Although the Enterprise resource planning (ERP) market has consolidated acronyms to one widely accepted acronym, our industry apparently still isn’t mature enough to do so. We therefore consider consolidation of acronyms one of our challenges for 2010, and we gladly invite you to participate in that challenge. I would love to hear your thoughts!

4 Responses to “Why EAM, CMMS, CAFM, FMIS, CIFM, IWMS and Other Acronyms Are Confusing”

  1. chris kluis says:

    Nice post! When I explain EAM systems, I say maintenance management lies within EAM. EAM includea the asset lifecycle = from planning to purchase to maintenance to repair/replace.

    I’d like to think minimum features for an EAM include: contract/document management, work management, & capital asset planning.

    We also just put up a glossary of EAM/CMMS/IWMS terms that readers of this post may find useful at our website here.

    Our blog frequently talks about EAM/CMMS issues that your readers may find helpful. Keep up the good work!

  2. Joe Valeri says:

    Thank you for continuing this great topic. As you can tell from my recent posts here in IWMSNews and at the Lucernex Blog, I am not fond of the term IWMS to describe what we do nor am I in favor of consolidating under it. I know there is a value in a single term as it lets customers lump us together easily for comparison but, as a vendor who specializes in Location Management (which I am guessing in the diagram is listed as ELMS or RPMS) I find many customers who think IWMS is really more about maintenance (CMMS) than anything else which is just one small part of Location Management. The diagram perfectly illustrates my point as it tries to place all applications like ours under “CRE/Lease” when our type of application have just as strong project management and maintenance management as any “IWMS” solution, we just organize everything to be Location-centric.

    Lie the prior comment stated for EAM, I could easily show how all of the listed acronyms and their related features fall under Location Management since they happen at a Location!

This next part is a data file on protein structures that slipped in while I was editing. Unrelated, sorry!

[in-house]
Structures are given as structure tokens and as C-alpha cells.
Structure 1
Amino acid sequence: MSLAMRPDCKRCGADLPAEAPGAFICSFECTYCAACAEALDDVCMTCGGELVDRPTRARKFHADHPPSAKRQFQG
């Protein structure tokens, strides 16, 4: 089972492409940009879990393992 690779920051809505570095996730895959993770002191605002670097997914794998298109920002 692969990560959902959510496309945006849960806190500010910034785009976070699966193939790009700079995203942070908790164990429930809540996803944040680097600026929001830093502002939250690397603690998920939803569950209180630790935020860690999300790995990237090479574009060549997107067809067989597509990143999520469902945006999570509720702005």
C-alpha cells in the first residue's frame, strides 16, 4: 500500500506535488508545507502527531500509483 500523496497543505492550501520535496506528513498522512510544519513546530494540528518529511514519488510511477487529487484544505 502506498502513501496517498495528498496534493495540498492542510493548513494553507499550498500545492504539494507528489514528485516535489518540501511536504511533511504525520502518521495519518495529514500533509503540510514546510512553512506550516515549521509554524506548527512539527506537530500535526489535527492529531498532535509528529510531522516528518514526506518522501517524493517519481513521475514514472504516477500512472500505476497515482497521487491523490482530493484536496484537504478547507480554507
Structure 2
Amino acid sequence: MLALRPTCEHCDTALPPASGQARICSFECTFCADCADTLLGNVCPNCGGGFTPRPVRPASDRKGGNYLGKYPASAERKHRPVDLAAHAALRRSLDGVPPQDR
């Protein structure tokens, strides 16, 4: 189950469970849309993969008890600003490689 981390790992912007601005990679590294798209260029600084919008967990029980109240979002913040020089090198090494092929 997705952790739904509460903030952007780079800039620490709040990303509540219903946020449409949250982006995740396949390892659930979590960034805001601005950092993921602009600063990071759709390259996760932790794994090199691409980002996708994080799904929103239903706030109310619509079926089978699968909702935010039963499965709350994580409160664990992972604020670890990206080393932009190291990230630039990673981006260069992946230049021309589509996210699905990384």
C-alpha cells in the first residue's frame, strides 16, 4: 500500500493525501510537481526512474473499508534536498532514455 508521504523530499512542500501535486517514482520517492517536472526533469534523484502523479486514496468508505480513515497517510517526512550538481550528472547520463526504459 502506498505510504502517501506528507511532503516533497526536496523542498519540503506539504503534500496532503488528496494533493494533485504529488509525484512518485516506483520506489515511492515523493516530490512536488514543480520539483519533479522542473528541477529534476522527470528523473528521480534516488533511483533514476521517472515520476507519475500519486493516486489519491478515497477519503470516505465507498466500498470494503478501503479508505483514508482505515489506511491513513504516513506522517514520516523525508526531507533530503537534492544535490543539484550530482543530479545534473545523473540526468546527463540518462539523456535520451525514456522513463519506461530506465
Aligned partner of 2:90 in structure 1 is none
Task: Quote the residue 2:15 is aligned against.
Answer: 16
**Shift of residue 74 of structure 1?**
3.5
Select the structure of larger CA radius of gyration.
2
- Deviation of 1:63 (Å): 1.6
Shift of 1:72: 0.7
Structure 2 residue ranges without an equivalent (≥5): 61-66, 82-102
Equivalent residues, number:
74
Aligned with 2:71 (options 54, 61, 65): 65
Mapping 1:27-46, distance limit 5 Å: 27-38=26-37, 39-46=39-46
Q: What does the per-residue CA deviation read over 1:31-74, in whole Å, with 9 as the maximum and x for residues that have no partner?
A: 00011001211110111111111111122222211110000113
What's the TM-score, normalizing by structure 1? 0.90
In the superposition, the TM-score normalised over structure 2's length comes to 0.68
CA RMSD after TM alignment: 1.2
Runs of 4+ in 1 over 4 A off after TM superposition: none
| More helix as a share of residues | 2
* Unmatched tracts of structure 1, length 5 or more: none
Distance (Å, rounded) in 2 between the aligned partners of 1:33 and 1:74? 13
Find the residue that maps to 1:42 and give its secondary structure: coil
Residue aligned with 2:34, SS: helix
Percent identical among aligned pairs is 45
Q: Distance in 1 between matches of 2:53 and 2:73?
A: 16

I for one hope that 2010 brings a further fragmenting of the term IWMS market into a few Acronyms that make sense to the end users!

    Joe Valeri
    President, Lucernex Technologies

  3. With this in mind, a CMMS is typically deployed by small businesses because the investment is lower across all attributes of the application, while EAMS are typically deployed into larger businesses with high user counts and multiple locations.

  4. Generally, the financial investment required for hiring personnel, buying software licenses and hardware, ensuring the appropriate change management and ongoing technical support for an EAMS and CMMS are typically proprtionally more significant for small businesses than larger companies that already have staff, equipment and change management processes in place.
    Also, smaller businesses may not have the baseline information to calculate whether the costs will generate a return but in this case it is possible to apply worst-case/best-case outcomes for benefits such as spare parts holdings cost reductions, uptime percentage improvements and increased production figures.
    Finally, it is common that EAMS are more expensive than CMMS because they are designed for larger, multi-site companies and so usually deliver a much wider scope of functionality and features than a CMMS.
    With this in mind, a CMMS is typically deployed by small businesses because the investment is lower across all attributes of the application, while EAMS are typically deployed into larger businesses with high user counts and multiple locations.